Skip to content

Plotter cutter blade mount for 3D printer or CNC

3D model description

This is spring-loaded mount for Roland-compatible plotter blade holders, for cutting paper and vinyl. The spring is made of plastic, so use ABS.

I am using this with this cheap blade holder. You may have to tweak measurements for another.

The mount is designed to be mounted with four M3 screws to an auxiliary tool clip that mounts to your 3D printer's print-head or your CNC. I used this tool clip for my DaVinci 1.0a -- if you design your own tool clip, pay attention to screw hole positions.

The design includes a strip that attaches with two M3 screws that holds the blade holder snugly in place and a cap (perhaps a little too tight).

I used a cut-down light-adhesive Cricut cutting mat, clipped to the DaVinci's print bed with some quick-and-dirty clips.

For software, I use a combination of Inkspace's HPGL export together with my own gcodeplot Python script package, which is designed to work with gcode-based 3D printers. One probably can make this work with the gcodetools extension for Inkspace, but I haven't been able to figure this out.

Software Instructions

  1. Figure out the corner XY coordinates of your cutting area, by attaching the cutter and moving your printhead with your favorite control software. Make sure the printhead can move around the cutting area freely, without the attachments bumping anything.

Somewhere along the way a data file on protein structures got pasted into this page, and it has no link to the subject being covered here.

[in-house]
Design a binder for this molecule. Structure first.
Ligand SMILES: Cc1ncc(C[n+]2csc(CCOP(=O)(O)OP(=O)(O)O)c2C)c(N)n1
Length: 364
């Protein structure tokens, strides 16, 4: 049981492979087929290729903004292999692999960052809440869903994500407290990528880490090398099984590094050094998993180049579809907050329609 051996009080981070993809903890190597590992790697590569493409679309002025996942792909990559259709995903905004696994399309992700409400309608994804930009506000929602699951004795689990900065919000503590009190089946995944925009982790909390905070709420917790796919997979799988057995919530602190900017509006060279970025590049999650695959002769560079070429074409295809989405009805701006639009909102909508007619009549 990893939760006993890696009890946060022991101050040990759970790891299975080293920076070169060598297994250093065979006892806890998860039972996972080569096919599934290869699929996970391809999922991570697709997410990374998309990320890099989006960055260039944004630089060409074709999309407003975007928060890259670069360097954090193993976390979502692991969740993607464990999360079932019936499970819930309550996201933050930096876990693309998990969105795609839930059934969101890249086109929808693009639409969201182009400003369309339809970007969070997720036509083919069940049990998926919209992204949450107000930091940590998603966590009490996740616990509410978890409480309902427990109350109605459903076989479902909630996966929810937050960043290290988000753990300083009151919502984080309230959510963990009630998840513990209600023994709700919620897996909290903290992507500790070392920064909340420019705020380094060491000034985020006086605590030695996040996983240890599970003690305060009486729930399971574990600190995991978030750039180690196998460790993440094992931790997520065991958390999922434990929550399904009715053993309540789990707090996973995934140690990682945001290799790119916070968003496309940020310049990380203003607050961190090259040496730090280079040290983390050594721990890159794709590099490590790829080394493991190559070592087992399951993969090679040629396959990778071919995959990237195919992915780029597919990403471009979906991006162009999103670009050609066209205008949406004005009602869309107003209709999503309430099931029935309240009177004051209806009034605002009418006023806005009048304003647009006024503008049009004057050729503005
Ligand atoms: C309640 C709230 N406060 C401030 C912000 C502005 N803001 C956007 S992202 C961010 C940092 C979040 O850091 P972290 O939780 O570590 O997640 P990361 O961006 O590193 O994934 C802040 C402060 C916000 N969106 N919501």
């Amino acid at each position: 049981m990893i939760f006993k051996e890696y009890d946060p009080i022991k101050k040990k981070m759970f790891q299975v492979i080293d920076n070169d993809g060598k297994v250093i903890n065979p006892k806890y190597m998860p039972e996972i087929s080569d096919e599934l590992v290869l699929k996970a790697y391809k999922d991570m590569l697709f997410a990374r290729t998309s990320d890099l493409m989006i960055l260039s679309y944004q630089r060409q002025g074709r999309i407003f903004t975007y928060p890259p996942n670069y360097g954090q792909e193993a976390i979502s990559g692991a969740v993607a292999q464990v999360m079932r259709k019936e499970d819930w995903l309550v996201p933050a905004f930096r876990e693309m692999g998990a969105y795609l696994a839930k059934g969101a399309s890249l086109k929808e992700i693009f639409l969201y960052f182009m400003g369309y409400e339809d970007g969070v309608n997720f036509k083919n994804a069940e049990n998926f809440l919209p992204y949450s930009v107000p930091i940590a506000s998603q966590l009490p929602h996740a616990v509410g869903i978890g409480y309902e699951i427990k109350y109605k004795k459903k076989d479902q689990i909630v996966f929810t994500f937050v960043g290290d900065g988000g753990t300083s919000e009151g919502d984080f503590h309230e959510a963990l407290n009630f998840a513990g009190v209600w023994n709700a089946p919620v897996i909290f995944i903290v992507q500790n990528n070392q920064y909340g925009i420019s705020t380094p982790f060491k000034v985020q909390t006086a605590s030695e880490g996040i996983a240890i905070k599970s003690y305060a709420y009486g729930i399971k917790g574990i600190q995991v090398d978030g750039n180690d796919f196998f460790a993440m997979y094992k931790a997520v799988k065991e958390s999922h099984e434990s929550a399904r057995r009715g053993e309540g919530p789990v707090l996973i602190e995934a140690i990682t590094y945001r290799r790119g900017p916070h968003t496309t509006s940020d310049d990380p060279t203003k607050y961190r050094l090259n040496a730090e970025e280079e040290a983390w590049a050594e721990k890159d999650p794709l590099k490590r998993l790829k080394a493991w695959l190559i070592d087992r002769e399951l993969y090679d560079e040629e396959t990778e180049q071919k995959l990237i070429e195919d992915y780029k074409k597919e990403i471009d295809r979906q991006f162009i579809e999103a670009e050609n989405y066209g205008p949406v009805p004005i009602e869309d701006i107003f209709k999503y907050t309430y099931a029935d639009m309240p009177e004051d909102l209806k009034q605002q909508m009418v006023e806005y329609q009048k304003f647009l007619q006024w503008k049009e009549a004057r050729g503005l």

2. Clip your adhesive cutting mat to your print bed.
  3. Move the printhead down very carefully so the blade just makes contact with the cutting mat.
  4. Move printhead back.
  5. Put paper or vinyl on cutting mat.
  6. Convert your Inkspace file to paths. (Select All, Object | Object to Path). Make the page size match your cutting area size.
  7. Use Save As... HP Graphics Language File in Inkspace) to create an hpgl file. Make sure you use the second tab to set overcut and the distance of the tip of the cutting blade from the swivel point.
  8. Create gcode file using: python gcodeplot.py --area=x1,y1,x2,y2 filename.hpgl > filename.gcode where x1,y1,x2,y2 are the corner coordinates (in millimeters) of the cutting area.
  9. Send your gcode file to your 3D printer using favorite print utility. If you prefer, you can just send it directly with gcodeplot.py rather than saving the gcode to a file, if you have pyserial installed (pip install pyserial): python gcodeplot.py --area=x1,y1,x2,y2 --send=portname filename.hpgl (e.g., on my Windows laptop, portname was COM3).

gcodeplot.py can also be used to adjust the exact blade z-positioning before printing, too. You to do that, do:
python gcodeplot.py --area=x1,y1,x2,y2 --pause-at-start --send=portname filename.hpgl
The script will initialize your device, and then give you a commandline where you can send some simple commands before drawing starts. For instance,
z11.3
moves the head to the 11.3mm position. You can also do incremental moves with z+increment. Thus, to move the head down by half a millimeter, do z+-0.5. You can also move to a safe height above the work with:
zsafe
and to the pre-defined work-surface with:
zwork
Finally, once you've figure out where you want the print head to be for safe work, do:
work=z
and resume your work with:
c

  • 3D model format: STL

Tags

Creator

License

CC BY


Add a comment